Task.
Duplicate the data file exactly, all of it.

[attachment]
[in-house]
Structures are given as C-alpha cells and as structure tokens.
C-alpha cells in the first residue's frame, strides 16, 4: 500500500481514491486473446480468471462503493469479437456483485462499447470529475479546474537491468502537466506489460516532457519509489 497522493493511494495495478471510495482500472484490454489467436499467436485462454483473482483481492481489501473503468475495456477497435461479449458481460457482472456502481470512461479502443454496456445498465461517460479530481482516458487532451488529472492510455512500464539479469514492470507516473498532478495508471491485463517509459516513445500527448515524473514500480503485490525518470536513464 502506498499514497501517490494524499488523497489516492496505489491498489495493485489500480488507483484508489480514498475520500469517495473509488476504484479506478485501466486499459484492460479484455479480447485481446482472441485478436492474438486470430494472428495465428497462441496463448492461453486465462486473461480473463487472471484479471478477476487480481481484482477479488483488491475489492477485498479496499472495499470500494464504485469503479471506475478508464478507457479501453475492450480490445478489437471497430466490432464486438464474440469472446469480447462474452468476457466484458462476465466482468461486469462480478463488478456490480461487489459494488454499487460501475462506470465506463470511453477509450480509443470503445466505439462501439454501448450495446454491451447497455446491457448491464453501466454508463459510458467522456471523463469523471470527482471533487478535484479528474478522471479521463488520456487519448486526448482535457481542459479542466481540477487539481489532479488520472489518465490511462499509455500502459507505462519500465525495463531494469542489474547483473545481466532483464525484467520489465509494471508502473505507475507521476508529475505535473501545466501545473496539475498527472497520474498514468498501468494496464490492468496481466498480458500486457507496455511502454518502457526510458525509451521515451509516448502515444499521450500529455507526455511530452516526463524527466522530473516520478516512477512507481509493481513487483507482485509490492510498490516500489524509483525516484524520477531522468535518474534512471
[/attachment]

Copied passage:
[in-house]
Structures are given as C-alpha cells and as structure tokens.
C-alpha cells in the first residue's frame, strides 16, 4: 500500500481514491486473446480468471462503493469479437456483485462499447470529475479546474537491468502537466506489460516532457519509489 497522493493511494495495478471510495482500472484490454489467436499467436485462454483473482483481492481489501473503468475495456477497435461479449458481460457482472456502481470512461479502443454496456445498465461517460479530481482516458487532451488529472492510455512500464539479469514492470507516473498532478495508471491485463517509459516513445500527448515524473514500480503485490525518470536513464 502506498499514497501517490494524499488523497489516492496505489491498489495493485489500480488507483484508489480514498475520500469517495473509488476504484479506478485501466486499459484492460479484455479480447485481446482472441485478436492474438486470430494472428495465428497462441496463448492461453486465462486473461480473463487472471484479471478477476487480481481484482477479488483488491475489492477485498479496499472495499470500494464504485469503479471506475478508464478507457479501453475492450480490445478489437471497430466490432464486438464474440469472446469480447462474452468476457466484458462476465466482468461486469462480478463488478456490480461487489459494488454499487460501475462506470465506463470511453477509450480509443470503445466505439462501439454501448450495446454491451447497455446491457448491464453501466454508463459510458467522456471523463469523471470527482471533487478535484479528474478522471479521463488520456487519448486526448482535457481542459479542466481540477487539481489532479488520472489518465490511462499509455500502459507505462519500465525495463531494469542489474547483473545481466532483464525484467520489465509494471508502473505507475507521476508529475505535473501545466501545473496539475498527472497520474498514468498501468494496464490492468496481466498480458500486457507496455511502454518502457526510458525509451521515451509516448502515444499521450500529455507526455511530452516526463524527466522530473516520478516512477512507481509493481513487483507482485509490492510498490516500489524509483525516484524520477531522468535518474534512471